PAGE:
http://www.sovross.ru/old/2005/17/17_3_1.htm

Peter, can we honestly expect that this is possible with this man? After all, in his reply to me has twisted my words to make them mean the complete opposite of what they truly mean.  Just as black is white, and just as night is day.

I did not twist anything, but quoted exactly what you said. You had in mind something like

"Жил на свете рыцарь бедный..." ( Verse no. 9 here http://reverent.org/ru/pushkin_or_not.html )

I replied accordingly. When outwitted, you started to complain.

Here is a letter, only published from the Soviet archives during the glasnost period, written to Stalin in 1937 by a little 12-year-old girl from the countryside. Despite the propaganda of the time, the simple honesty of this little girl makes this letter truly harrowing and moving to read. The little poem at the end is simply gut-wrenching. To me, this letter is perhaps the most eloquent summary of the horrors of Stalinism:.

This could have been interesting then. Not after 1990th period. There were more homeless children in 1995 than in 1945.
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« Reply #149 on: March 25, 2009, 03:56:51 PM »

Simkins, if Zoya bit her bottom lip so hard she almost cut through it, according to the accounts on your own website, and in the sites you linked to, then how can you explain the lack of damage to her lip in the photograph,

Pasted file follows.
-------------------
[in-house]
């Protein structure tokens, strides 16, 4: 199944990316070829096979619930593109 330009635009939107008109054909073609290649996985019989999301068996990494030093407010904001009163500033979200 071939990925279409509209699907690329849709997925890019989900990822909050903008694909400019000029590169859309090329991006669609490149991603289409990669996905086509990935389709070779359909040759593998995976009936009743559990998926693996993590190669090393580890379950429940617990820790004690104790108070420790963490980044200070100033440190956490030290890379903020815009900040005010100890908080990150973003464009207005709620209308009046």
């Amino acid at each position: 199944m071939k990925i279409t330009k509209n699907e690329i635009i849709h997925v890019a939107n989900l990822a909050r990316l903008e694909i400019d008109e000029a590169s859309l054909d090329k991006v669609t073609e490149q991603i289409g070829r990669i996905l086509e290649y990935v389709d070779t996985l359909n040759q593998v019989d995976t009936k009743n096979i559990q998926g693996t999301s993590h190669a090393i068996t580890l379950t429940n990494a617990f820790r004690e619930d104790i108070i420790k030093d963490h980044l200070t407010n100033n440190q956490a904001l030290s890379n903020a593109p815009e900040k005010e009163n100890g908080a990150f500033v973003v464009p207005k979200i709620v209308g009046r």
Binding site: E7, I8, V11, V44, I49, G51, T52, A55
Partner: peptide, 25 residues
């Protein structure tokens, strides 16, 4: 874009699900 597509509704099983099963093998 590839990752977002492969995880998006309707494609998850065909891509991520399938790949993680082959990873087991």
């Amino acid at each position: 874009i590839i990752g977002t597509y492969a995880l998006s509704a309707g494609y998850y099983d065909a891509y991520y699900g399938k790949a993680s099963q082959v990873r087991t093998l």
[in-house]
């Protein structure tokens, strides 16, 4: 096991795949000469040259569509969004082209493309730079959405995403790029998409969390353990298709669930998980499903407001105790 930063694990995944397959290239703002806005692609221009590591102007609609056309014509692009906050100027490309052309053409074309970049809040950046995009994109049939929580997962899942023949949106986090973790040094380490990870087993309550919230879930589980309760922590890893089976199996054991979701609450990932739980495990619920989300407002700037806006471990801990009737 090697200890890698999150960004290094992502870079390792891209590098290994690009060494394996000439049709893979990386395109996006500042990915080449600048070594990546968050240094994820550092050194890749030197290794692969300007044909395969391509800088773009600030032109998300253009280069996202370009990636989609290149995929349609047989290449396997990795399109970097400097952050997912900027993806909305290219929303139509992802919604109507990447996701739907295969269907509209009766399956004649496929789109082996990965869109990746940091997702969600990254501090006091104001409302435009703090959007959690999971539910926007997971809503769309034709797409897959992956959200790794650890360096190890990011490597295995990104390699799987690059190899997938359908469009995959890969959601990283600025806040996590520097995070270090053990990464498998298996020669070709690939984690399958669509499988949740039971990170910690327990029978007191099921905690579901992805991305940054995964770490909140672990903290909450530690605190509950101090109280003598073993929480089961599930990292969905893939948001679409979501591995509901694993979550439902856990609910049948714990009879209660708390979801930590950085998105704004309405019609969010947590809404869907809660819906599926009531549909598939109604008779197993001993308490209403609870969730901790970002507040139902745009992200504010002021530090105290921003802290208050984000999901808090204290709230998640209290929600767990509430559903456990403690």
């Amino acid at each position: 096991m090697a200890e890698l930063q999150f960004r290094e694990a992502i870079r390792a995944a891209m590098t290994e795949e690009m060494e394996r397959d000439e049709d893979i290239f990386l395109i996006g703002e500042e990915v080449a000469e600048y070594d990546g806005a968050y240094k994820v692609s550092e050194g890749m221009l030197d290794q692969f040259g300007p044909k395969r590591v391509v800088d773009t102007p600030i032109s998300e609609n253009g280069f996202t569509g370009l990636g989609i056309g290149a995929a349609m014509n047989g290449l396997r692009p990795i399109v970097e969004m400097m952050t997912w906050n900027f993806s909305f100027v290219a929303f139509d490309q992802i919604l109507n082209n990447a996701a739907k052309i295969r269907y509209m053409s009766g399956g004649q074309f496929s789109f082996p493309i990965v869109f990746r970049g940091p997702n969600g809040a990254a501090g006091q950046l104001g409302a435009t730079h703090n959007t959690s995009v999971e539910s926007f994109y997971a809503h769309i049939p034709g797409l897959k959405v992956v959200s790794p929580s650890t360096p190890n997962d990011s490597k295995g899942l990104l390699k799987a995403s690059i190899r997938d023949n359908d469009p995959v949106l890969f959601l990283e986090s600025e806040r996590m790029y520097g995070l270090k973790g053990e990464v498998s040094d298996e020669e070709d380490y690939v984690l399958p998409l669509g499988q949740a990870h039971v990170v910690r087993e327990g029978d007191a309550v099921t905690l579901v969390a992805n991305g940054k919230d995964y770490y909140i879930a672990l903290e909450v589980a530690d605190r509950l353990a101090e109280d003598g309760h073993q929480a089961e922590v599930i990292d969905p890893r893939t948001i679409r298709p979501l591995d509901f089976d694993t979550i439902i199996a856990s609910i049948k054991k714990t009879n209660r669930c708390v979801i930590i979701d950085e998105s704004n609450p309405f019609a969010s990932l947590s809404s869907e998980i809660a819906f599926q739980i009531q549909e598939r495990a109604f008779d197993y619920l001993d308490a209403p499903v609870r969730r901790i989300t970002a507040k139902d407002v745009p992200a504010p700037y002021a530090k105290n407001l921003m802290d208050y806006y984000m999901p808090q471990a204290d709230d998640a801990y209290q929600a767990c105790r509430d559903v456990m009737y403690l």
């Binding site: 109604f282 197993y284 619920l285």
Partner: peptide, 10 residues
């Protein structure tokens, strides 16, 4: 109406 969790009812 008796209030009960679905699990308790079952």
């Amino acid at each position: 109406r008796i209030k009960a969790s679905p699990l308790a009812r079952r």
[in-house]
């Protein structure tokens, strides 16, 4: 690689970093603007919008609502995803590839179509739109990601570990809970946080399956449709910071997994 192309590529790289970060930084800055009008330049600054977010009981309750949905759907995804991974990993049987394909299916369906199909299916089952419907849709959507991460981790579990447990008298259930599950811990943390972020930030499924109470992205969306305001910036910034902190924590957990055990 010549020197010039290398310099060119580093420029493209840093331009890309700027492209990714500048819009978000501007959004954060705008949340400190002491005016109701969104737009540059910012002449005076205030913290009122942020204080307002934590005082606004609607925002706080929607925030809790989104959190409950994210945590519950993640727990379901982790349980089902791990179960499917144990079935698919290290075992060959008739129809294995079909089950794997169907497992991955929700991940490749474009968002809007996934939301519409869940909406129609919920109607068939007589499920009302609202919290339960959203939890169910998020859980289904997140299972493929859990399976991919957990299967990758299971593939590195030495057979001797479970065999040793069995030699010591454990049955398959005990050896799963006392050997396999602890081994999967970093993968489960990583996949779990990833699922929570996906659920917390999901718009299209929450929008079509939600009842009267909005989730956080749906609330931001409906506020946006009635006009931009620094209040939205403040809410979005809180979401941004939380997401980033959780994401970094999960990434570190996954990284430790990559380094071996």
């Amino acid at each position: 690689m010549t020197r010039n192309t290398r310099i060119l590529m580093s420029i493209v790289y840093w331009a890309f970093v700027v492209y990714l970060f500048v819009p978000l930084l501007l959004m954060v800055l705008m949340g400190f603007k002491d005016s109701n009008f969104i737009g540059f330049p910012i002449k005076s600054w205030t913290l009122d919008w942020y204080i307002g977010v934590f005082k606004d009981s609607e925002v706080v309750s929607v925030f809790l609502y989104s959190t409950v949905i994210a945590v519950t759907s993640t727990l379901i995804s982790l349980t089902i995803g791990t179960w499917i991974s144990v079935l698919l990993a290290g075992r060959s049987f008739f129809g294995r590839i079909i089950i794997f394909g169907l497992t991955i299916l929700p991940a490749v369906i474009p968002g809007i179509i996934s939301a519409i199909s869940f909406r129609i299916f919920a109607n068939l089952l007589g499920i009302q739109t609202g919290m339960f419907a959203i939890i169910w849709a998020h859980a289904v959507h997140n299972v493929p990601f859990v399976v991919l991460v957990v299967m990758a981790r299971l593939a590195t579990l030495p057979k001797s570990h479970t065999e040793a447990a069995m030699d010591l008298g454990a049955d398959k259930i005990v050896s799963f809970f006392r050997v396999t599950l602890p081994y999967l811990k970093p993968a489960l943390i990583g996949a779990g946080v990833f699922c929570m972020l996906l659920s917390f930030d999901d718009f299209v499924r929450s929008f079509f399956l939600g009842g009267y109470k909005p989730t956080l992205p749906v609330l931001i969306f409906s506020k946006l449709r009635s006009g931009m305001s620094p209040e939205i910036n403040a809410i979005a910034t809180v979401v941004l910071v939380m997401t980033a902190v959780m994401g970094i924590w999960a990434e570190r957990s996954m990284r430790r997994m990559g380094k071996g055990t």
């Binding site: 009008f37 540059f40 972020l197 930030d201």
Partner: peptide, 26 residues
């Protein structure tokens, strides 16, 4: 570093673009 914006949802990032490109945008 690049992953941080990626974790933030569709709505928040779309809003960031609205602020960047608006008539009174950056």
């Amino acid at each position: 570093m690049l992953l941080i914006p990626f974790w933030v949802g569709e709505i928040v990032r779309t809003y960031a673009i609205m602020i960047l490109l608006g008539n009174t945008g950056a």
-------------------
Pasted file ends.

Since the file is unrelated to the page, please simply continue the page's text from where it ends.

Don't recall such an account

"When the interrogation was over Zoya had a large purple-black bruise on her forehead, and weals on her arms and legs. She was breathing heavily. She was half undressed and barefoot. The girl's hands were bound behind her. Her lips were bloody and swollen. She had evidently bitten them for not to cry."

http://reverent.org/zoya/martyrdom.html

which you delight in posting ad nauseam? And, please, spare us any further nausea
My Beloved causes nausea in you? Why? I think that She is very beautiful.

if your answer is "a miracle". That simply won't wash, I'm afraid.
So you don't beleive in miracles after all.
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« Reply #150 on: March 25, 2009, 04:00:55 PM »

This could have been interesting then. Not after 1990th period. There were more homeless children in 1995 than in 1945.

Would you please give some source for that statement? On what do you base this statement?  And if it's a percentage, then since there are more human beings alive on Earth now then in 1945, the statement may be true but not mean much without some context.  That Stalin caused the famine in the Ukraine is a matter of historical record and that letter is from a real child who suffered from that action.  So that you may not find it interesting does not negate that the child once lived and that her life was torn apart.

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« Reply #151 on: March 25, 2009, 04:04:55 PM »

Worse, by his revisionist and blasphemous statements, he has shown not a shred of respect or reverence for genuine saints, nor for Christ, who alone "trampled down death by death", nor of those folks, living or dead, who suffered for the Orthodox faith under Stalinism.
Not "trampled down death by death" but conquerred death by death. To trample is unchristly.